Similarly, if drafting second, I will be hoping my opponent grabs a running back first and I’m coming back with Julio Jones and Antonio Brown at the 1/2 turn. The floor for the top two receivers is so high and the weekly upside is also through the roof, so there is some separation there compared to the receivers ranked #4 and lower. 

3-Man Strategy and Rankings

  1. Melvin Gordon III 
  2. Julio Jones
  3. Ezekiel Elliott 
  4. Antonio Brown
  5. Le'Veon Bell
  6. LeSean McCoy 
  7. Mike Evans 
  8. Jordy Nelson 
  9. Brandin Cooks
  10. Kareem Hunt
  11. Tom Brady
  12. Aaron Rodgers
  13. Marshawn Lynch
  14. Doug Baldwin
  15. Russell Wilson

Other considerations: Matt Ryan, Leonard Fournette, Jay Ajayi, Ty Montgomery, Stefon Diggs

In a 3-Man contest, my top priority is making sure I don’t get shut out from the top-four running backs. If I take a wide receiver first overall, it’s entirely possible that the elite tier of backs would all be gone by the time it makes it back around to me at 2.03. At 1.01, it makes the most sense to lock in your top-rated running back. You know that either Jones, Brown or one of the top backs will make it back to you at 2.12 and Mike Evans will be there at 3.01.

At 1.02 and 1.03 the running back vs. wide receiver decision is much more difficult. From these draft positions, you are guaranteed at least one of the top four running backs even if you take Jones or Brown in the first round. There is certainly some attraction to trying to lock in an advantage at WR1. On the other hand, the idea of locking in two of the top backs and building an advantage at RB2 is also an attractive option. 

6-Man Strategy and Rankings

  1. Melvin Gordon III 
  2. Ezekiel Elliott 
  3. Le'Veon Bell
  4. LeSean McCoy 
  5. Julio Jones
  6. Antonio Brown 
  7. Mike Evans 
  8. Marshawn Lynch 
  9. Jordy Nelson 
  10. Kareem Hunt
  11. Brandin Cooks 
  12. Tom Brady
  13. Aaron Rodgers
  14. Doug Baldwin
  15. Russell Wilson
  16. Leonard Fournette
  17. Jay Ajayi
  18. Matt Ryan
  19. Ty Montgomery
  20. Stefon Diggs
  21. Christian McCaffrey
  22. Keenan Allen
  23. Tyreek Hill
  24. Todd Gurley
  25. Drew Brees
  26. Larry Fitzgerald
  27. Amari Cooper
  28. Michael Thomas
  29. Dalvin Cook
  30. Derek Carr

Other Considerations: Jameis Winston, Ben Roethlisberger, Carson Palmer, Cam Newton, Jordan Howard, Devonta Freeman, DeMarco Murray, Demaryius Thomas, DeAndre Hopkins (TR), A.J. Green (TR), Rob Gronkowski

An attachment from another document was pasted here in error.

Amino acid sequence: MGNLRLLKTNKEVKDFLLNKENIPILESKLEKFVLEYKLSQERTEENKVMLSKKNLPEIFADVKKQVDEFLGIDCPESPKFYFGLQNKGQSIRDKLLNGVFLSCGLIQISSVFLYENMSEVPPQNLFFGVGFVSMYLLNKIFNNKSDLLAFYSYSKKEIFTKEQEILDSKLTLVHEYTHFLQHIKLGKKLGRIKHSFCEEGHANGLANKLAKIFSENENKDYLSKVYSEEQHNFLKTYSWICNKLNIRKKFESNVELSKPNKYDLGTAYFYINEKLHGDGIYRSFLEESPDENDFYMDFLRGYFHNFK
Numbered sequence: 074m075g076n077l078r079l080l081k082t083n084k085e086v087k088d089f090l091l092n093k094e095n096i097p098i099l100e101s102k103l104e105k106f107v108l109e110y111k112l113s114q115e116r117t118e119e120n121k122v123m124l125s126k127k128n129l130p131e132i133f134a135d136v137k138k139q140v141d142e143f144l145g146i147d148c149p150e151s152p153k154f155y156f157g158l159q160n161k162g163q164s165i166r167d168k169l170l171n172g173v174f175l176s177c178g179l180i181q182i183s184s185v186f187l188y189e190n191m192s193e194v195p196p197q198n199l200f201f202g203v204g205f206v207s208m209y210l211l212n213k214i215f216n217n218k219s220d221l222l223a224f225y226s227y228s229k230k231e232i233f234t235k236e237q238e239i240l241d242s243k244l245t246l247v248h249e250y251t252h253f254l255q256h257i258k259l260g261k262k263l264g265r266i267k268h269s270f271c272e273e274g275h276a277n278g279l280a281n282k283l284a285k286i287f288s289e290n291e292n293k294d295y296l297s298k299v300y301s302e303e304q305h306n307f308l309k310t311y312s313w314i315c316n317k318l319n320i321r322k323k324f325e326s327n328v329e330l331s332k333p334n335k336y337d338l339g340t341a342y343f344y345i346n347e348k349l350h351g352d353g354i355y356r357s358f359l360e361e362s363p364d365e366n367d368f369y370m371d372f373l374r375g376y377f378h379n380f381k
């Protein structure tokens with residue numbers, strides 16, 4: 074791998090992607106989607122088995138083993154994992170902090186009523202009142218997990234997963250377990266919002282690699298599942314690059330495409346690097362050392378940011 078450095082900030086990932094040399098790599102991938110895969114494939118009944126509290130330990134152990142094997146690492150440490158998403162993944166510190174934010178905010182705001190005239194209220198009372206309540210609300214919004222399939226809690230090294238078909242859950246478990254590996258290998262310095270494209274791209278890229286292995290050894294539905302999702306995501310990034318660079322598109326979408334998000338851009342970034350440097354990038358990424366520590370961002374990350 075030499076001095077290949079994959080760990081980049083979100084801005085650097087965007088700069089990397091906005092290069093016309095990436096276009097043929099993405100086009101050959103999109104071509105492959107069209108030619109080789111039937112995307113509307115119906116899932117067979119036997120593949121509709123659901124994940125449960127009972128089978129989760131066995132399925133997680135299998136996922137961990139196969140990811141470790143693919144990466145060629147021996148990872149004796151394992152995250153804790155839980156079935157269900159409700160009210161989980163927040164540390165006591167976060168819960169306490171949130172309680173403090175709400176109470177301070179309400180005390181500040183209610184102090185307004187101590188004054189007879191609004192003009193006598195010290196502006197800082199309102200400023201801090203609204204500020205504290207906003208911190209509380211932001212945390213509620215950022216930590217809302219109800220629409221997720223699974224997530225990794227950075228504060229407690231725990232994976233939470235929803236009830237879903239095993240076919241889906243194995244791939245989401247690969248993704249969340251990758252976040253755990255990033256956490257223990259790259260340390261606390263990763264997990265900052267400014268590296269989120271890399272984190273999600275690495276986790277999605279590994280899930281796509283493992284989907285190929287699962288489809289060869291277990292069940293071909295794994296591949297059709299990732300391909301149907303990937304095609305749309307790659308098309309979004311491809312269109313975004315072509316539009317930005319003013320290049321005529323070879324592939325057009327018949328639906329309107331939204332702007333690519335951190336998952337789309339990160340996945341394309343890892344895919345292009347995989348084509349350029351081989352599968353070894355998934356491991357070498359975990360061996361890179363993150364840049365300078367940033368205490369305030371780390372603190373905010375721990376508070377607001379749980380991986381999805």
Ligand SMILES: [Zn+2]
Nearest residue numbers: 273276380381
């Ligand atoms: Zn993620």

6-Man contests are where we really start to see running back value come to the forefront. The WR2 and QB options in the final rounds are more attractive than the final few RB2 options, so it makes sense to try to lock up your two starting running backs in the first three rounds if possible. 

We also start to see the top quarterback options become a bit more attractive as third round options. There is a small but noticeable tier drop after the top four or five passers. 

6-Man contests are also big enough that it makes sense to start considering stacking your quarterback with his top target. Each of the top-6 passers also has a wide receiver ranked in the top-12, so there are plenty of strong combinations available. 

10-Man Contest Strategy and Rankings

  1. Melvin Gordon III
  2. Ezekiel Elliott
  3. Le'Veon Bell
  4. LeSean McCoy
  5. Kareem Hunt
  6. Marshawn Lynch
  7. Julio Jones
  8. Leonard Fournette
  9. Jay Ajayi
  10. Antonio Brown
  11. Ty Montgomery
  12. Mike Evans 
  13. Todd Gurley
  14. Tom Brady
  15. Aaron Rodgers
  16. Christian McCaffrey
  17. Dalvin Cook
  18. Jordan Howard 
  19. Jordy Nelson
  20. Brandin Cooks 
  21. Russell Wilson
  22. Devonta Freeman
  23. DeMarco Murray
  24. Doug Baldwin 
  25. Matt Ryan
  26. Drew Brees
  27. Stefon Diggs
  28. Keenan Allen
  29. Tyreek Hill
  30. Carlos Hyde
  31. Terrance West
  32. Larry Fitzgerald
  33. Amari Cooper
  34. Michael Thomas
  35. Bilal Powell
  36. Lamar Miller (TR)
  37. Derek Carr
  38. Jameis Winston
  39. Carson Palmer
  40. Demaryius Thomas
  41. Michael Crabtree
  42. DeAndre Hopkins (TR)
  43. Rob Gronkowski
  44. Tarik Cohen
  45. Ben Roethlisberger
  46. Cam Newton
  47. Golden Tate (M)
  48. Adam Thielen
  49. Terrelle Pryor
  50. Odell Beckham Jr Jr (M)

Other Considerations: Kirk Cousins, Jacquizz Rodgers, Isaiah Crowell, Jonathan Stewart, Mark Ingram II, C.J. Anderson, A.J. Green (TR), Davante Adams, T.Y. Hilton, John Brown, Randall Cobb, Travis Kelce, Dez Bryant, Kelvin Benjamin

In 10-Man contests, it is all about running back value. You want to avoid at all costs being one of the last to draft your RB2 because you are left looking at options like Bilal Powell, Tarik Cohen, Jacquizz Rodgers, Isaiah Crowell and Jonathan Stewart in the fifth round. 

The most depth is at quarterback, where even the lower-ranked options like Carson Palmer, Ben Roethlisberger and Cam Newton have legitimate upside. 

The WR/TE position is also deep. Especially on the full slate where DeAndre Hopkins, A.J. Green, Golden Tate and potentially Odell Beckham Jr, Jr. (if healthy) add to the WR2 depth. Even on just the Sunday slate, there are big-name players in substandard matchups (Dez Bryant, T.Y. Hilton, etc.) who should be available in the final picks and still possess decent upside.